“All job descriptions require attention to detail, right?” Khadka says. “Working in a firm like this, I realize what could actually happen if you don’t pay attention to detail. It’s very easy to skip one minor number or something. My managers — I report to three vice presidents and a managing director — make the decisions, but when I do the work for them, it’s really important to pay attention because it’s also my job to make sure they see those small details that might easily escape. Minor details make a huge impact.”

Numbers may be the foundation of the business, Khadka has discovered, but above them are the reading, writing, communication, creative thinking and analytical skills required to consider a decision’s repercussions. “Everything we do is both art and science,” he says. “There’s science in terms of how you quantify things, but there’s also an art aspect to the general quality of judgment that needs to be considered while making every decision.”

The idea of evaluating risk isn’t completely new to Khadka. He was on a risk team during his internship at GE Capital, which helped set the stage for his current position, but even before that, Khadka was calculating risks — and hoping somebody would take one on him.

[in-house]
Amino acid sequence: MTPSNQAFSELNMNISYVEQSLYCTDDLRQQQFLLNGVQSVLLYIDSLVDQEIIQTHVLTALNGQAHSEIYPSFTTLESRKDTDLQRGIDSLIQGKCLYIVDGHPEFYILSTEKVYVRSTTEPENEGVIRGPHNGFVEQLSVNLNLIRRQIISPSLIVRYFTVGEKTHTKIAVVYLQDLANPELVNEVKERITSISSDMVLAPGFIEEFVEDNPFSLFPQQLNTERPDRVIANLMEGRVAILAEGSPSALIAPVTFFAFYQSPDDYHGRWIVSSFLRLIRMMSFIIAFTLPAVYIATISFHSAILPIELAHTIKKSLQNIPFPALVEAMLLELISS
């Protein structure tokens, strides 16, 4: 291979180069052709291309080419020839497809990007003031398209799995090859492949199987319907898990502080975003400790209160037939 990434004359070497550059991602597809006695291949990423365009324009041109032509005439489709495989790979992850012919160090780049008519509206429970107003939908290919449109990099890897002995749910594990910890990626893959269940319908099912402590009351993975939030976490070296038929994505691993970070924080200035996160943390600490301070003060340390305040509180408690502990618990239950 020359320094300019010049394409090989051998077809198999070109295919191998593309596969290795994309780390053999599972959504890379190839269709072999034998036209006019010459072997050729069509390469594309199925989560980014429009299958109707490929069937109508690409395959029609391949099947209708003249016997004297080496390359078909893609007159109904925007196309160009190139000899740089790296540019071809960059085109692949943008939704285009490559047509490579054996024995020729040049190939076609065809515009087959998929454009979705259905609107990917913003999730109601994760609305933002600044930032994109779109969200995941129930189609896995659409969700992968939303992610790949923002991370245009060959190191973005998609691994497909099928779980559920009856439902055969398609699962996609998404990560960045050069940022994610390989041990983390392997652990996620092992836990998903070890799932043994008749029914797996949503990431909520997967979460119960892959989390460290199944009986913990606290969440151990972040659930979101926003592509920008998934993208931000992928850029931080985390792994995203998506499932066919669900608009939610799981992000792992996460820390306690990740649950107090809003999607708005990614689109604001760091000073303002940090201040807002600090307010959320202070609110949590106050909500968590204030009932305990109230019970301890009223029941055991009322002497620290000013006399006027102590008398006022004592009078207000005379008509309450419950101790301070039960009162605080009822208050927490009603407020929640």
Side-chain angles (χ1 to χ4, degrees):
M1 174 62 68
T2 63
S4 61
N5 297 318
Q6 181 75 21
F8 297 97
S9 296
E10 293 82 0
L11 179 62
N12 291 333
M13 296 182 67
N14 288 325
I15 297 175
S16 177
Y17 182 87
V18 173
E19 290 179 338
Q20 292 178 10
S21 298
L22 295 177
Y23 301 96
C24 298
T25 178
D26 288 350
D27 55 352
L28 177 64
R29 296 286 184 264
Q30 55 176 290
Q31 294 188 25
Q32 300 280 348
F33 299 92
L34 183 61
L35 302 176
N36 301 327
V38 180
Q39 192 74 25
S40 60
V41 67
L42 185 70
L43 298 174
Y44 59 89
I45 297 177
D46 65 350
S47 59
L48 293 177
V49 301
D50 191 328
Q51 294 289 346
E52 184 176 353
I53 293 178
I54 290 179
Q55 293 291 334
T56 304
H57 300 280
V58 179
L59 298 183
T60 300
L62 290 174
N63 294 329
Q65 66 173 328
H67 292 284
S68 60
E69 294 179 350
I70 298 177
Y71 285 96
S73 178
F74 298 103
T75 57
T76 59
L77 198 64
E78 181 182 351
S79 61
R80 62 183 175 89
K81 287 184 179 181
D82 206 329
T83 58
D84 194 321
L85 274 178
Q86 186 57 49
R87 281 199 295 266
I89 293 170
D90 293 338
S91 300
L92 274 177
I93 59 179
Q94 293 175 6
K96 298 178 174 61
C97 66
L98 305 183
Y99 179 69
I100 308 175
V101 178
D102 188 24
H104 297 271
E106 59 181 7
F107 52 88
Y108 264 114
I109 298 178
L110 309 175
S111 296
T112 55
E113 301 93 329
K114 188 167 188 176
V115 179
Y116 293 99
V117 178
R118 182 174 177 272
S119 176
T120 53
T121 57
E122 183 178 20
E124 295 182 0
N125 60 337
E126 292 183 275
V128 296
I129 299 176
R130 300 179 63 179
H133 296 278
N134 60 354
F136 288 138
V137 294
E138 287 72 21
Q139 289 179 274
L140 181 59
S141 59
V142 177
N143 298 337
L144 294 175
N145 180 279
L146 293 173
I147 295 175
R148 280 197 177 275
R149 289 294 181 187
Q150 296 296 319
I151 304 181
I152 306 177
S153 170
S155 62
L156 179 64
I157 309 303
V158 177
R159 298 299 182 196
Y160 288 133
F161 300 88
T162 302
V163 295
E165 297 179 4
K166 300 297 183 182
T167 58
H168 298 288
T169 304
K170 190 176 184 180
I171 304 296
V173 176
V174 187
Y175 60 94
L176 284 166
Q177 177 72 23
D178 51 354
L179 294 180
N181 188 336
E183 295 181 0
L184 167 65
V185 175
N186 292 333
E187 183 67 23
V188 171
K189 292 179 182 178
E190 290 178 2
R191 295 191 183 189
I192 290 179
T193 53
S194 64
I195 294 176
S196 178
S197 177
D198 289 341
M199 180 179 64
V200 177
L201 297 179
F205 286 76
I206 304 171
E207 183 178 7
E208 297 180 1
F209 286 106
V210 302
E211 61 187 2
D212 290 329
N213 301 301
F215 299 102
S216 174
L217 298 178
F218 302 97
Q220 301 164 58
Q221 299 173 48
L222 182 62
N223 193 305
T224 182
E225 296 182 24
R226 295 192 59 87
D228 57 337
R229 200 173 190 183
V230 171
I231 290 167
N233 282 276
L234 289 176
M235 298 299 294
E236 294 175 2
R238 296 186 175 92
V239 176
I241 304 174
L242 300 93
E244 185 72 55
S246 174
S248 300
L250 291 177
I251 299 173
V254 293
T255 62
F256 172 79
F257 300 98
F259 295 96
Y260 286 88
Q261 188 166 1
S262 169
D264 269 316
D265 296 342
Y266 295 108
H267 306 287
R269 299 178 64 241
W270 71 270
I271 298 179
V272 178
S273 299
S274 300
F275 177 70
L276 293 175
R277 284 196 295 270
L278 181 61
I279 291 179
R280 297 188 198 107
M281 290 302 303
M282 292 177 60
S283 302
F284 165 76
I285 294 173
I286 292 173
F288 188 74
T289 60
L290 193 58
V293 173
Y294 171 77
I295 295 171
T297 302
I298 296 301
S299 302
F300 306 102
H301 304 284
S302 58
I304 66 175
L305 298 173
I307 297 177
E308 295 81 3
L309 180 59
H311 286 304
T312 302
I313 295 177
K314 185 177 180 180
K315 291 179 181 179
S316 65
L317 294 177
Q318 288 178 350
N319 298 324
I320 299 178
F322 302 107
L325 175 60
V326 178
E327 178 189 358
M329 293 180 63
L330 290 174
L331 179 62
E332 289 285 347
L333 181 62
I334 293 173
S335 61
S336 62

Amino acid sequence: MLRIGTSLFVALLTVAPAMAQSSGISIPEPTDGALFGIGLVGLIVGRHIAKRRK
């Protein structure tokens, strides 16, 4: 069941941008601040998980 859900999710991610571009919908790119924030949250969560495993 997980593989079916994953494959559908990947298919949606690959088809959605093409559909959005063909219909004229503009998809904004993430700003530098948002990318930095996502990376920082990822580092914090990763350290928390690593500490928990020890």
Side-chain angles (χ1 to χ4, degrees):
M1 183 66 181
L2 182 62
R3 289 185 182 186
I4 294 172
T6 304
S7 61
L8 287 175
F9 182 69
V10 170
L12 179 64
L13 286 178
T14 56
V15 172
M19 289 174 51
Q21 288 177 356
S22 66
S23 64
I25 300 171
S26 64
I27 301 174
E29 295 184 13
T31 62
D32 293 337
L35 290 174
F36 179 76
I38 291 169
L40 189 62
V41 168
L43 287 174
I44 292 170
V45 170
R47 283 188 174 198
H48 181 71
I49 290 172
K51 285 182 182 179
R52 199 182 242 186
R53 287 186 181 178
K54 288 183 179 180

Growing up in Kathmandu, Khadka knew he wanted to formalize his interest in finance and attend college in the United States. “Coming to the U.S. was a risk, but Colby-Sawyer had a lot of other Nepalese, so I never even felt homesick,” he says. “I wanted a liberal arts college with a business program, and there actually aren’t many, but even Colby-Sawyer was kind of a risk for me, as I didn’t know about it before. I’m very fortunate I didn’t choose a big university where I probably would’ve been lost in the crowd. That was a huge decision.”

Khadka’s biggest risk so far has been turning down two fulltime offers with smaller firms and gambling that the offer of a temporary position at J.P. Morgan, with all its global opportunities and internal mobility, would put him in the right place at the right time for a permanent position. He won that bet.